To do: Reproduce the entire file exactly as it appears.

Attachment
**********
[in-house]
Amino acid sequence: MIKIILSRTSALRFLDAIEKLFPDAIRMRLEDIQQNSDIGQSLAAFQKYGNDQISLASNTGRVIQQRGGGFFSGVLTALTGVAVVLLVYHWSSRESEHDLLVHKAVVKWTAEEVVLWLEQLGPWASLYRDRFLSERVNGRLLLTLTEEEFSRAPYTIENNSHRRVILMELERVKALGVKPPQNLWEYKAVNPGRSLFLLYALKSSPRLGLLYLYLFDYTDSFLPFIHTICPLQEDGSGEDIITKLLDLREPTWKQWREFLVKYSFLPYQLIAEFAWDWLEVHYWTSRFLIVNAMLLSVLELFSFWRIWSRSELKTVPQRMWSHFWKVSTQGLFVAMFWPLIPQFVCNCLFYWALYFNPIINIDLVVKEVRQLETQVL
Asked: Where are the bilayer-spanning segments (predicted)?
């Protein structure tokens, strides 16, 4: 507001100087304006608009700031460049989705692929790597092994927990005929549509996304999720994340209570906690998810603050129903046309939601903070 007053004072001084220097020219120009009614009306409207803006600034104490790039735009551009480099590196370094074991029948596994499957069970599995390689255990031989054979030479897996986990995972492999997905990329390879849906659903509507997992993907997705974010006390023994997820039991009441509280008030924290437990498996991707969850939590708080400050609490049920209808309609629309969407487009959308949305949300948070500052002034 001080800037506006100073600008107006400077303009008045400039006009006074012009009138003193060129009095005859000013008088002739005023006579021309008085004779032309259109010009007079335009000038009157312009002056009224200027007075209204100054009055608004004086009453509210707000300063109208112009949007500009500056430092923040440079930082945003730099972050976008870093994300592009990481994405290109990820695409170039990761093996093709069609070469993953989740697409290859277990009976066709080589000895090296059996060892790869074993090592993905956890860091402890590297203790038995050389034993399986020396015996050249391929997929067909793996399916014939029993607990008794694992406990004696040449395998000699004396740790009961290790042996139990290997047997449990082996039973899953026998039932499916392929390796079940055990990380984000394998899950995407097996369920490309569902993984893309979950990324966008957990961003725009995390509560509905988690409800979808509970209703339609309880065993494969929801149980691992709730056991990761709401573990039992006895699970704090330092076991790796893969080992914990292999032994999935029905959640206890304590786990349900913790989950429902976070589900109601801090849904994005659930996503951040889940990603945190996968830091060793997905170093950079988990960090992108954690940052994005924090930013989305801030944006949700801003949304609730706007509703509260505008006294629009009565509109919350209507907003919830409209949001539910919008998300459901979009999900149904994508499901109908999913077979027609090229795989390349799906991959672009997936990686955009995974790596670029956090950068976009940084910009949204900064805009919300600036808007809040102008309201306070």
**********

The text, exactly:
[in-house]
Amino acid sequence: MIKIILSRTSALRFLDAIEKLFPDAIRMRLEDIQQNSDIGQSLAAFQKYGNDQISLASNTGRVIQQRGGGFFSGVLTALTGVAVVLLVYHWSSRESEHDLLVHKAVVKWTAEEVVLWLEQLGPWASLYRDRFLSERVNGRLLLTLTEEEFSRAPYTIENNSHRRVILMELERVKALGVKPPQNLWEYKAVNPGRSLFLLYALKSSPRLGLLYLYLFDYTDSFLPFIHTICPLQEDGSGEDIITKLLDLREPTWKQWREFLVKYSFLPYQLIAEFAWDWLEVHYWTSRFLIVNAMLLSVLELFSFWRIWSRSELKTVPQRMWSHFWKVSTQGLFVAMFWPLIPQFVCNCLFYWALYFNPIINIDLVVKEVRQLETQVL
Asked: Where are the bilayer-spanning segments (predicted)?
């Protein structure tokens, strides 16, 4: 507001100087304006608009700031460049989705692929790597092994927990005929549509996304999720994340209570906690998810603050129903046309939601903070 007053004072001084220097020219120009009614009306409207803006600034104490790039735009551009480099590196370094074991029948596994499957069970599995390689255990031989054979030479897996986990995972492999997905990329390879849906659903509507997992993907997705974010006390023994997820039991009441509280008030924290437990498996991707969850939590708080400050609490049920209808309609629309969407487009959308949305949300948070500052002034 001080800037506006100073600008107006400077303009008045400039006009006074012009009138003193060129009095005859000013008088002739005023006579021309008085004779032309259109010009007079335009000038009157312009002056009224200027007075209204100054009055608004004086009453509210707000300063109208112009949007500009500056430092923040440079930082945003730099972050976008870093994300592009990481994405290109990820695409170039990761093996093709069609070469993953989740697409290859277990009976066709080589000895090296059996060892790869074993090592993905956890860091402890590297203790038995050389034993399986020396015996050249391929997929067909793996399916014939029993607990008794694992406990004696040449395998000699004396740790009961290790042996139990290997047997449990082996039973899953026998039932499916392929390796079940055990990380984000394998899950995407097996369920490309569902993984893309979950990324966008957990961003725009995390509560509905988690409800979808509970209703339609309880065993494969929801149980691992709730056991990761709401573990039992006895699970704090330092076991790796893969080992914990292999032994999935029905959640206890304590786990349900913790989950429902976070589900109601801090849904994005659930996503951040889940990603945190996968830091060793997905170093950079988990960090992108954690940052994005924090930013989305801030944006949700801003949304609730706007509703509260505008006294629009009565509109919350209507907003919830409209949001539910919008998300459901979009999900149904994508499901109908999913077979027609090229795989390349799906991959672009997936990686955009995974790596670029956090950068976009940084910009949204900064805009919300600036808007809040102008309201306070």